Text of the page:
Unicef’s Sweat for Water campaign: 1% inspiration + 99% perspiration
As the UK bakes in an unexpected heat wave, our colleagues at Unicef Sweden have found a way to put one of the less enjoyable results of the hot summer weather to good use, by turning sweat in to clean, drinkable water.
Showing that the best ideas really do come through 1% inspiration and 99% perspiration, Unicef Sweden have come up with the Sweat Machine, in partnership with the Gothia Cup, creative agency Deportivo and celebrity engineer Andreas Hammar.
Developed and built as part of a campaign to raise awareness of the lack of clean water in many parts of the world, the Sweat Machine works by extracting sweat from clothing and putting it through a purification process resulting in drinkable water.
Unicef Sweden unveiled the machine during the opening of the Gothia Cup, the world’s biggest international youth football tournament. Players and visitors at the event are being invited to hand over their sweat-drenched clothes, or to accept the challenge of drinking a glass of water from the Sweat Machine. One sweaty T-shirt should produce around 10ml of water.
While you might expect people to be squeamish about drinking water from such a source, the machine has been incredibly popular, with a number of Swedish footballers and celebrities even joining the action.
The campaign has attracted attention from around the world, and is helping raise awareness of a serious issue: Today, 780 million people lack access to clean water, 125 million of whom are children under 5, and thousands of children still die each day because of inadequate access to safe water.
Unicef’s goal is for every child should have access to clean water and toilets. Through partnerships with governments and local organisations in more than 90 countries, we’re working to improve water supplies and sanitation facilities in schools and communities around the world.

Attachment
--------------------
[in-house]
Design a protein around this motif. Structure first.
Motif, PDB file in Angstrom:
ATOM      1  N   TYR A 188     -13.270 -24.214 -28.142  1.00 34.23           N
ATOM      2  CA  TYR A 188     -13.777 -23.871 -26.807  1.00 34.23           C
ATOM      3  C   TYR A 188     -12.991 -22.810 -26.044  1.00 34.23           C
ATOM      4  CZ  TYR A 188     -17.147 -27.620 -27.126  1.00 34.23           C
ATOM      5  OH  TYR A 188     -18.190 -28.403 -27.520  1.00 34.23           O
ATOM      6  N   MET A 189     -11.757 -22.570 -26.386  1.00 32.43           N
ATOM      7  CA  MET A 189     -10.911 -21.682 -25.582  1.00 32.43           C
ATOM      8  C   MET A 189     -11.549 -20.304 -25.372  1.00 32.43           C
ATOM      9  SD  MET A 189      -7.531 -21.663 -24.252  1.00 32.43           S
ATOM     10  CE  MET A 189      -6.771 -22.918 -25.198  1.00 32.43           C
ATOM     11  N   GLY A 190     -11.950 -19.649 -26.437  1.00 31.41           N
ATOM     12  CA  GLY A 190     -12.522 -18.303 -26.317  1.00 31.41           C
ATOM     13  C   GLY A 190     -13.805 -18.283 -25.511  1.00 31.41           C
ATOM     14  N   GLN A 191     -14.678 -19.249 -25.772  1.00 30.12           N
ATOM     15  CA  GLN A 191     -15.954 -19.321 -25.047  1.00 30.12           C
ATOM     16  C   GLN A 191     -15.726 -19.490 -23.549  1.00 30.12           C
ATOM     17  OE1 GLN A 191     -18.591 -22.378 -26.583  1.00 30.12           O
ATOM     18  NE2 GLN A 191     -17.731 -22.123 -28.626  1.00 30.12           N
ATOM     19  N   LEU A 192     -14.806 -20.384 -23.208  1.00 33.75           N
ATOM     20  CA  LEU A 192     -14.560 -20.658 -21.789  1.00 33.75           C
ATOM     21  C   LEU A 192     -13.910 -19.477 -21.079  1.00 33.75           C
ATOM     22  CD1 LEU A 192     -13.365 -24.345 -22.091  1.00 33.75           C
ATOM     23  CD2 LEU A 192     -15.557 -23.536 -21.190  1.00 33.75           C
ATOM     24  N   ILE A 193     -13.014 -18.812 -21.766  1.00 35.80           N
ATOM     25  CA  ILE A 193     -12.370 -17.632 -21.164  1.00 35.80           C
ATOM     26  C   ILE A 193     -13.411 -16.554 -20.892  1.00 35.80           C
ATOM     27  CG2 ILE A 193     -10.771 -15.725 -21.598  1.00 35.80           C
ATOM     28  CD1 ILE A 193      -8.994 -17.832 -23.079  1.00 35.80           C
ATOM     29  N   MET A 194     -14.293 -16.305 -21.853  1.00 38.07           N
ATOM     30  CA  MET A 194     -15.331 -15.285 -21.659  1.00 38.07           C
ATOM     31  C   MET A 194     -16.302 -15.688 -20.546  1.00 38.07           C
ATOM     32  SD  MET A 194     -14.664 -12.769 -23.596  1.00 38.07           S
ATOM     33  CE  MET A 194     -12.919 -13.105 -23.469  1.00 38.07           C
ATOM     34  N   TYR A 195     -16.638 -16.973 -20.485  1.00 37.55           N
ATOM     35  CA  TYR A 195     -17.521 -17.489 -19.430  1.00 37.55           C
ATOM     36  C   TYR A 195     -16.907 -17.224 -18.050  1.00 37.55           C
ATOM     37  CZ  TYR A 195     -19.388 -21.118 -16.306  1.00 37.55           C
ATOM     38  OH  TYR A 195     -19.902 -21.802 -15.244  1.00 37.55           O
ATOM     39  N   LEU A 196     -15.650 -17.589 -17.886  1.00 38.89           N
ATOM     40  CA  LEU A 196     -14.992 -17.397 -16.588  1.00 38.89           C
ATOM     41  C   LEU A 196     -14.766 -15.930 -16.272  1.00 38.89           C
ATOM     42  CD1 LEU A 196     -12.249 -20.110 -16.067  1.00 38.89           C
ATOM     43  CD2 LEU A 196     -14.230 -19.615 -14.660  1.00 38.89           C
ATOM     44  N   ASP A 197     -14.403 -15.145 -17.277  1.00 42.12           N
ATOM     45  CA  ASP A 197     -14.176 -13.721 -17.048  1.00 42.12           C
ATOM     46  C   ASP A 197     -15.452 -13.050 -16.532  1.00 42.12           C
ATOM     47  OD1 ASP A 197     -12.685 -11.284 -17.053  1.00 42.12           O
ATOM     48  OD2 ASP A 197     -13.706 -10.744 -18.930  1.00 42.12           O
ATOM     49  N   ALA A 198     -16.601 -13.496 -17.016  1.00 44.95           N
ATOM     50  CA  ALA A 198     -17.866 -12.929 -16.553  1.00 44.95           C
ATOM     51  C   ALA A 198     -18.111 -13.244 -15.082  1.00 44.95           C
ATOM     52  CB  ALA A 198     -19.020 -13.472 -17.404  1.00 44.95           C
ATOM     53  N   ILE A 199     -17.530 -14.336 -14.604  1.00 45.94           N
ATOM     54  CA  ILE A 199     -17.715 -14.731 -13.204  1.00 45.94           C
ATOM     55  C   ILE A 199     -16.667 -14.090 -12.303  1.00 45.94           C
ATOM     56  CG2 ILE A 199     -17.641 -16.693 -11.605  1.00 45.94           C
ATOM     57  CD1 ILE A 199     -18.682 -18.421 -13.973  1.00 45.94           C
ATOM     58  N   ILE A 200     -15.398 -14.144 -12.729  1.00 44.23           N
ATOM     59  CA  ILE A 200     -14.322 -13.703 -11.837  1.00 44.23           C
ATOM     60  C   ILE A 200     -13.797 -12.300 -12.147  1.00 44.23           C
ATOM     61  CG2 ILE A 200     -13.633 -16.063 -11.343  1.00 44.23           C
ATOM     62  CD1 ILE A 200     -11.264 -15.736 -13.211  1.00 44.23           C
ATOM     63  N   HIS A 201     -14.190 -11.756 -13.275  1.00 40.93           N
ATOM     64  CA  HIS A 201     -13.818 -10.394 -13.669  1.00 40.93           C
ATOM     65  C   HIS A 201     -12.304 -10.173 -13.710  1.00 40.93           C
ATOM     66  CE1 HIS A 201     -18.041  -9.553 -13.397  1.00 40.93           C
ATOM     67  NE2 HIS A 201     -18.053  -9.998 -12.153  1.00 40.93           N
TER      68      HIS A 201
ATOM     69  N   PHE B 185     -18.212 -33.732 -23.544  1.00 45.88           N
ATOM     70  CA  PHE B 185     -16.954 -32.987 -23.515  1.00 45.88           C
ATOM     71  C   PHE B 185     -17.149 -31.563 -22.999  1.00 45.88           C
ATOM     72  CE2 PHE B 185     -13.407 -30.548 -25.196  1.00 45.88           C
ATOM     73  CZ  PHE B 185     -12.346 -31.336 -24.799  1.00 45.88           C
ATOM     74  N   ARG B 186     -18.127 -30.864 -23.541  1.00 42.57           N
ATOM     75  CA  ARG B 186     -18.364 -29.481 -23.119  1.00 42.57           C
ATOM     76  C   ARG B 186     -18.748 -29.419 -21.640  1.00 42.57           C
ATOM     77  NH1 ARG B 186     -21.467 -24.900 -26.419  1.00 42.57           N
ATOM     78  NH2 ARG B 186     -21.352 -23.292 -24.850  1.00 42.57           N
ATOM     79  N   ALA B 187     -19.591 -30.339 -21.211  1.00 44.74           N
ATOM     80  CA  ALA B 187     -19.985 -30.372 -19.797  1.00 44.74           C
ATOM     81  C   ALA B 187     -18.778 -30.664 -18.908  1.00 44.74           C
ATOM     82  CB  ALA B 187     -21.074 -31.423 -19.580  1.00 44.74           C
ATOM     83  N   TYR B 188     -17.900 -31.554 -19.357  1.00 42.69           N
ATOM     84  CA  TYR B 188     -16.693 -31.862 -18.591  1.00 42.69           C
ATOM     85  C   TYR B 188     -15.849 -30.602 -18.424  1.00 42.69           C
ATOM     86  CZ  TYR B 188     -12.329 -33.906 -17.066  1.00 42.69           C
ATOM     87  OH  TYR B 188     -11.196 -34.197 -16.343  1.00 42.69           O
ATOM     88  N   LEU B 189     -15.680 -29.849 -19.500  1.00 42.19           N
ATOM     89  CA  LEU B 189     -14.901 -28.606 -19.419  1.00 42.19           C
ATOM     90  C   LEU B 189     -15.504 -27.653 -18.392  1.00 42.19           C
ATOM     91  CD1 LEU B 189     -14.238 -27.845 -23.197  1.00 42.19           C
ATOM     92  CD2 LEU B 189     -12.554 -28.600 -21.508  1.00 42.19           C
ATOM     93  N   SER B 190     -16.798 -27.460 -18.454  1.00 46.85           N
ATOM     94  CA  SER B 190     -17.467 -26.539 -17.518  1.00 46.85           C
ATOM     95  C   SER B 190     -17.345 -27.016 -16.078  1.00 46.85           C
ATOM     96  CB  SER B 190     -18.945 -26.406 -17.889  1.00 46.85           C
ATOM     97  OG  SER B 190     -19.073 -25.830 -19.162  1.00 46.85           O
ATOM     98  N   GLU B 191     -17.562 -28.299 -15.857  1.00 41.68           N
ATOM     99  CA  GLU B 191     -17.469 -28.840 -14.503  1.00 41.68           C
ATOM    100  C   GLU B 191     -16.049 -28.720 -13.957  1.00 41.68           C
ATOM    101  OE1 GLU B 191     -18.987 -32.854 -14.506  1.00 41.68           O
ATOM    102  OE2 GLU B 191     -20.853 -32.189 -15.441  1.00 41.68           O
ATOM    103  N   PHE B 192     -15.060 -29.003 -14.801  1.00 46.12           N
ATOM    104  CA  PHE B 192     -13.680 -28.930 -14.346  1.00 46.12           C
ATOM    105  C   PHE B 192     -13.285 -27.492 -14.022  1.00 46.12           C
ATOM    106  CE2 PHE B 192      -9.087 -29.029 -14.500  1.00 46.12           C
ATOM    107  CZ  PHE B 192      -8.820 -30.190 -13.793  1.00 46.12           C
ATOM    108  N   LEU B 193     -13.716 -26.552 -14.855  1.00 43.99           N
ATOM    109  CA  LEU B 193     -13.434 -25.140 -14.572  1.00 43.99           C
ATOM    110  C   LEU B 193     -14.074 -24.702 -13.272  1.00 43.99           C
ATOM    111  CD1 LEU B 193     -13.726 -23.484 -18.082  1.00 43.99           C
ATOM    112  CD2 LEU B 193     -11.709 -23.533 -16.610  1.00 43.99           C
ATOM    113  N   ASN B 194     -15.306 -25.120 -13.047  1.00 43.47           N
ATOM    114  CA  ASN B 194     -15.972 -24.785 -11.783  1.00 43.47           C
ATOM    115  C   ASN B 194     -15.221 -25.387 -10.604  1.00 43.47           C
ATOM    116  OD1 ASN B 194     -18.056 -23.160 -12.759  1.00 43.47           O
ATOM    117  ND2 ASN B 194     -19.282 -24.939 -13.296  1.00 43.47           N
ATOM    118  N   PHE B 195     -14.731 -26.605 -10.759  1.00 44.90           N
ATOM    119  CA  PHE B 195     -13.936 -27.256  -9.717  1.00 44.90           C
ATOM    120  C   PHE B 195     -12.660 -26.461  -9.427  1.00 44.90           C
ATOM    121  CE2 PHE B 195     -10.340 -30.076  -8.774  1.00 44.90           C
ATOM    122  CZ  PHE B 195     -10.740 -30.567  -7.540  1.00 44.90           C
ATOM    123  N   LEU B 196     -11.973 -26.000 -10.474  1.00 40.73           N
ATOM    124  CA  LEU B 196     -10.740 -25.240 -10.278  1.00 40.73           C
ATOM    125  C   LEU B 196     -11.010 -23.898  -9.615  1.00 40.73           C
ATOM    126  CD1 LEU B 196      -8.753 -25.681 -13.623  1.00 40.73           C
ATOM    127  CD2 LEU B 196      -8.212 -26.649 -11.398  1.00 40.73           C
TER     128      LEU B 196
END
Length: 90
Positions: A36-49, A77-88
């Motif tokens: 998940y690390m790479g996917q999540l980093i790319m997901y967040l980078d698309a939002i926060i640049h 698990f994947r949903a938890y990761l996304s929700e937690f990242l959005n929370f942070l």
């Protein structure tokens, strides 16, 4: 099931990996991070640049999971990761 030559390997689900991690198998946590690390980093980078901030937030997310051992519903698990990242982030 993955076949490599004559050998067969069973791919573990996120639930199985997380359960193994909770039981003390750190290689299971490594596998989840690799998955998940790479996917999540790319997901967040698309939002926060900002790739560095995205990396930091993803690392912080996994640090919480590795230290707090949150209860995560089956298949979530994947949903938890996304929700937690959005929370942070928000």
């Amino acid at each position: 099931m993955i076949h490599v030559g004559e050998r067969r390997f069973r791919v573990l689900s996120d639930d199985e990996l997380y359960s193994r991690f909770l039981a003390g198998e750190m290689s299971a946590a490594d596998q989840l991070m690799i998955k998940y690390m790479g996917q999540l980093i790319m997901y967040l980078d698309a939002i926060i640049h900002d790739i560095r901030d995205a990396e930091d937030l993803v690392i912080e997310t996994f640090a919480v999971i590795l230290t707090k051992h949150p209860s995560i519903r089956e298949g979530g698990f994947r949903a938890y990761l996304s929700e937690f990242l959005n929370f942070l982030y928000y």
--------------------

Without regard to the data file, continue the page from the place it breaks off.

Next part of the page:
“We wanted to raise this subject in a new, playful and engaging way”, said Per Westberg of Unicef Sweden. “Our Sweat Machine is a reminder that we all share the same water. We all drink and sweat in the same way, regardless of how we look or what language we speak. Water is everyone’s responsibility and should be everyone’s concern.”
Mattias Ronge of the advertising agency Deportiv0, which organised the stunt, said the machine had helped raise awareness of the issue for Unicef, but in reality had its limitations.
“People haven’t produced as much sweat as we hoped – right now the weather in Gothenburg is lousy,” he said. “We’ve installed exercise bikes alongside the machine and volunteers are cycling like crazy. Even so, the demand for sweat is greater than the supply. And the machine will never be mass produced – there are better solutions out there such as water purifying pills.”
If you’d like to support Unicef’s work to provide clean safe water for the world’s children, just £21 could provide 5,000 water purification tablets for use when families cannot access fresh, clean water.
Joe English is Communications Executive at Unicef UK